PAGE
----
Feb. 27, 2008
High fructose corn syrup is the target of much misinformation and wrongly singled out in the obesity debate.
Dr. Walter Willett, Harvard School of Public Health Nutrition Department Chairman, told The New York Times, "There's no substantial evidence to support the idea that high-fructose corn syrup is somehow responsible for obesity."
New research continues to confirm that high fructose corn syrup is safe and no different from other common sweeteners like sugar and honey. No credible research has demonstrated that high fructose corn syrup affects appetite differently than sugar.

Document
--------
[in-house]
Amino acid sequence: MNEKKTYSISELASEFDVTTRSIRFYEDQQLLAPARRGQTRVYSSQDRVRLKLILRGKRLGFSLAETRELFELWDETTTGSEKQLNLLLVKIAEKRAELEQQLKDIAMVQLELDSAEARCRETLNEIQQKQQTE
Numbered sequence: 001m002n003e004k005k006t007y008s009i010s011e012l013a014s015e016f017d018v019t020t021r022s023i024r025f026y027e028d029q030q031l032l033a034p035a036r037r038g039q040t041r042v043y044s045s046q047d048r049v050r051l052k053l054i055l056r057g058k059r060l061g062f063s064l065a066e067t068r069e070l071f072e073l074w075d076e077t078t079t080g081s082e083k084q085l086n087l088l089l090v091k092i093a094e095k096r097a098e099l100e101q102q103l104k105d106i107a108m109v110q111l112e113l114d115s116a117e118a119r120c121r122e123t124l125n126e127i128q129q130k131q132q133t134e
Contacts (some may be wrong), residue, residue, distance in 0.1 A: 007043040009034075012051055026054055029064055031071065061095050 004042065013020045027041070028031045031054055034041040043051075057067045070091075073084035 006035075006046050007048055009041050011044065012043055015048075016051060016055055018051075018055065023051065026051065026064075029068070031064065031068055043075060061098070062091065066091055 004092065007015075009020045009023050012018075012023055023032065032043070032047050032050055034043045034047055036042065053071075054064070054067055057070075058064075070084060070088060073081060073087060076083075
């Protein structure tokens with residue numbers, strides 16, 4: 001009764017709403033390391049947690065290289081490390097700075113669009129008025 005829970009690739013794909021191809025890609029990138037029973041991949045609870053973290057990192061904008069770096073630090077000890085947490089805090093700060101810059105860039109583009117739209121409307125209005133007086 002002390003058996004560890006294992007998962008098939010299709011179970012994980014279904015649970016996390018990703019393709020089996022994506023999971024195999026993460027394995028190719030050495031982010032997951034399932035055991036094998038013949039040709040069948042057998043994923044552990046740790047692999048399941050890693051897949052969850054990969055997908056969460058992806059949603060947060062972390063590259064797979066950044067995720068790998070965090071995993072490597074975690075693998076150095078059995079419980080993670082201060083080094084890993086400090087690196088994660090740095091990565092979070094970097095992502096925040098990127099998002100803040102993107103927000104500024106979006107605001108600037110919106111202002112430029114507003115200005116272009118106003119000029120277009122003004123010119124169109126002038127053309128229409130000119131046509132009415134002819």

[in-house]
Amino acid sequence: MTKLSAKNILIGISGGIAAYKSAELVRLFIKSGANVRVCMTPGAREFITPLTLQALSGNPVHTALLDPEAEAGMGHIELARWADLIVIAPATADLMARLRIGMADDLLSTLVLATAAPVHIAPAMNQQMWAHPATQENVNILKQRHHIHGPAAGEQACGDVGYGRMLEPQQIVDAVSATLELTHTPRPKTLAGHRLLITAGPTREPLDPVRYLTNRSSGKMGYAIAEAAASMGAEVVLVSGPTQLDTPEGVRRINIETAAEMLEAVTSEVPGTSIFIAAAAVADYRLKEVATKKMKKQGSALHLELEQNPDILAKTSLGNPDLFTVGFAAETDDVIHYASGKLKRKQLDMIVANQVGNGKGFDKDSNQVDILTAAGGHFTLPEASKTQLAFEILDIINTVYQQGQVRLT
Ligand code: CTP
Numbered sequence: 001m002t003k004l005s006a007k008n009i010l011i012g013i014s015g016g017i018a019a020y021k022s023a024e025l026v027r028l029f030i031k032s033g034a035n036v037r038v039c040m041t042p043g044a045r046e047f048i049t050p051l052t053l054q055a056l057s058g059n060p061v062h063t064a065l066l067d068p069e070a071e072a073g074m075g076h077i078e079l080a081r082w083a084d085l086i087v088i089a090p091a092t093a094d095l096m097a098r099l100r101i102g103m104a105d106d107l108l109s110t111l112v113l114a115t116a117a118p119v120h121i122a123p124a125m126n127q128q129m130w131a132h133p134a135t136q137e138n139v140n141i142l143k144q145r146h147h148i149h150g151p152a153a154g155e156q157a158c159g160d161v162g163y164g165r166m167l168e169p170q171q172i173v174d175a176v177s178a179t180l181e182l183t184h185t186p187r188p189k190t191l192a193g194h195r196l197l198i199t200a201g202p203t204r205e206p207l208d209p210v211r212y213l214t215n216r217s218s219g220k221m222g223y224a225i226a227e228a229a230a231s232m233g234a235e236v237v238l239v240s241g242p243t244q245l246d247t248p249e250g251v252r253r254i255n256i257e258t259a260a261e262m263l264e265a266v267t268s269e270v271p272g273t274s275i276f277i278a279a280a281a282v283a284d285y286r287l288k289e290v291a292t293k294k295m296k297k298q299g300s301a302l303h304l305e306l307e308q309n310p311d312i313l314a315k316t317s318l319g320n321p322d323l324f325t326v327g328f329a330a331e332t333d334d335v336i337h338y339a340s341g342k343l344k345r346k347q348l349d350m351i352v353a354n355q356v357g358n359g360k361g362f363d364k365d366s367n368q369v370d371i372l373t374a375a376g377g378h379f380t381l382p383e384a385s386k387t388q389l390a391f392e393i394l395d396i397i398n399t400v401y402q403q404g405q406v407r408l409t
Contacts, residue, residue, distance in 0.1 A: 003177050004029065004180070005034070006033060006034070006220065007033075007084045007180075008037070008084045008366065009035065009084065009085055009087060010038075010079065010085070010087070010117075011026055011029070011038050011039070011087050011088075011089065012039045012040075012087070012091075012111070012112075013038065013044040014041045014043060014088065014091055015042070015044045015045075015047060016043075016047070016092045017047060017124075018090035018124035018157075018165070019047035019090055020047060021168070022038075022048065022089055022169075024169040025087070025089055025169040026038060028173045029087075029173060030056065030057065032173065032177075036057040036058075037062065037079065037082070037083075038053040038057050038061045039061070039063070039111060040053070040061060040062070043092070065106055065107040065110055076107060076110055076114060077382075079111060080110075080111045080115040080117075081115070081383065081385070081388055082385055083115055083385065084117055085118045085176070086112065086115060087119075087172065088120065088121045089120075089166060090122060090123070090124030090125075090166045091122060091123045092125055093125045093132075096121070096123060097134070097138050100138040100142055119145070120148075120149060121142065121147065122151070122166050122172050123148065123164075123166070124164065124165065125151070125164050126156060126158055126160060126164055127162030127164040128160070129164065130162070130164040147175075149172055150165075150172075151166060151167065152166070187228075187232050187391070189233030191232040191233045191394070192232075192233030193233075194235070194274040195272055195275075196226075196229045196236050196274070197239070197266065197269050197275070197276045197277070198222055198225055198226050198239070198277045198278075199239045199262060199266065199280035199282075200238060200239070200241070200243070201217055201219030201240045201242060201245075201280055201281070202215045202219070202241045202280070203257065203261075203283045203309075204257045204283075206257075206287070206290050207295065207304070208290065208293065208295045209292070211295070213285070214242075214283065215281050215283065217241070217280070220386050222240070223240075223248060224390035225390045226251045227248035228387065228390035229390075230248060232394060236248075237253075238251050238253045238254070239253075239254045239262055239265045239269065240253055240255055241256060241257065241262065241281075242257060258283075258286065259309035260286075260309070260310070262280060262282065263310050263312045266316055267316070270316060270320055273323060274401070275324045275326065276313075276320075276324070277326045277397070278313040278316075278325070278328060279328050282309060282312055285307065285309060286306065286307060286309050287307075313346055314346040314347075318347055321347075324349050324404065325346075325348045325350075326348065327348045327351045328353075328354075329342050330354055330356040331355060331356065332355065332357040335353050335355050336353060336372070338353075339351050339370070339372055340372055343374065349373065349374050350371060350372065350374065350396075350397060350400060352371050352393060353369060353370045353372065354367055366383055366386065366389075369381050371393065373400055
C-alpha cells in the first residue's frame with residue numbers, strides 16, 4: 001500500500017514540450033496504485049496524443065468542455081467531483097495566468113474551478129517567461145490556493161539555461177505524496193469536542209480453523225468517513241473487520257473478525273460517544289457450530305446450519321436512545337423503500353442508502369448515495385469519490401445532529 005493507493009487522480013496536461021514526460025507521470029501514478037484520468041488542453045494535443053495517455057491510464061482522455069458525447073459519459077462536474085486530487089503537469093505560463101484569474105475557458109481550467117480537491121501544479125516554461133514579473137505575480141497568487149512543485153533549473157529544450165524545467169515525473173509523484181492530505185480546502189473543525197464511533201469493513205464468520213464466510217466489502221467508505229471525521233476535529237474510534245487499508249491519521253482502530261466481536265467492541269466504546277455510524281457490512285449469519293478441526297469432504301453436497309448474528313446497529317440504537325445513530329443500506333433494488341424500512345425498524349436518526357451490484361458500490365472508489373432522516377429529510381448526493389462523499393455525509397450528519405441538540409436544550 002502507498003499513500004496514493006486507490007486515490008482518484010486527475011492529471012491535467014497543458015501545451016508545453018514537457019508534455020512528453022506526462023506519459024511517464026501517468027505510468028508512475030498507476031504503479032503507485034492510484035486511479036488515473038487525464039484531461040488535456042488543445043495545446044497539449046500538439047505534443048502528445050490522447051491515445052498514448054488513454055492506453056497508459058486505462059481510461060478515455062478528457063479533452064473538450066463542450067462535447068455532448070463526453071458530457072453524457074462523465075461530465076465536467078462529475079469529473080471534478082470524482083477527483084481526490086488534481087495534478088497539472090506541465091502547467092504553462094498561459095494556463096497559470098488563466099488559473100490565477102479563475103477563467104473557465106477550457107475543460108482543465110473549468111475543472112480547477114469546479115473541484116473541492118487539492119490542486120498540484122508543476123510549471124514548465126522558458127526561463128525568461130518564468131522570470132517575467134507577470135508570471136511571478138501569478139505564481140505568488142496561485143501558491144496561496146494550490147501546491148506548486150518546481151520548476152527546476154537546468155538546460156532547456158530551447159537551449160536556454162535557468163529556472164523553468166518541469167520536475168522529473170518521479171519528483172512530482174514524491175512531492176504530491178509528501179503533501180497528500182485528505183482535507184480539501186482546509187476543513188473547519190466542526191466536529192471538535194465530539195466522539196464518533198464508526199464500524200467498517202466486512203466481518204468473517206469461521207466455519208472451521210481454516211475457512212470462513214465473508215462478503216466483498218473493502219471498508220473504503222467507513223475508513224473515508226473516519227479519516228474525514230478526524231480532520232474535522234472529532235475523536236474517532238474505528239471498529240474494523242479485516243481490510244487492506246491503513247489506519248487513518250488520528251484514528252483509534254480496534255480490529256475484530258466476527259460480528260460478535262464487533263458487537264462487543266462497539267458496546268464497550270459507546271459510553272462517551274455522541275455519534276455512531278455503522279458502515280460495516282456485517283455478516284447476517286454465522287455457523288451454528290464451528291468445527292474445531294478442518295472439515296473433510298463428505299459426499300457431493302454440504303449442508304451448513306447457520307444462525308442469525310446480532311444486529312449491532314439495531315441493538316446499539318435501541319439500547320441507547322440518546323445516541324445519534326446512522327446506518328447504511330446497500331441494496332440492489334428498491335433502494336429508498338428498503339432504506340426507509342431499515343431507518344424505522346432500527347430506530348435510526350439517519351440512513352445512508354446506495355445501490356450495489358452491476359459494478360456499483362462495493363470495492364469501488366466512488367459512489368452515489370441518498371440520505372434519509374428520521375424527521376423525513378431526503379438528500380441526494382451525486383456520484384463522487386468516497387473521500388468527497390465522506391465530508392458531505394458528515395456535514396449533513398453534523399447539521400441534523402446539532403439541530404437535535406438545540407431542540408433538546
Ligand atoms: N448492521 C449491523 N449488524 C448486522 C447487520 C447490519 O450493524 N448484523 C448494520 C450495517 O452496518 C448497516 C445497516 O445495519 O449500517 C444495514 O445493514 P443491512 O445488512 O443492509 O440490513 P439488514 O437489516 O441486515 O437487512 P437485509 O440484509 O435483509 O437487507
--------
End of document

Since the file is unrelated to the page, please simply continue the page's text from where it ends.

High fructose corn syrup is a natural sweetener and has the same number of calories as sugar. The U.S. Food and Drug Administration granted high fructose corn syrup "Generally Recognized as Safe" status for use in food, and reaffirmed that ruling in 1996 after thorough review.
High fructose corn syrup offers numerous benefits, too. It keeps foods fresh. It enhances fruit and spice flavors. It retains moisture in bran cereals and helps keep breakfast bars moist.
Corn Refiners Association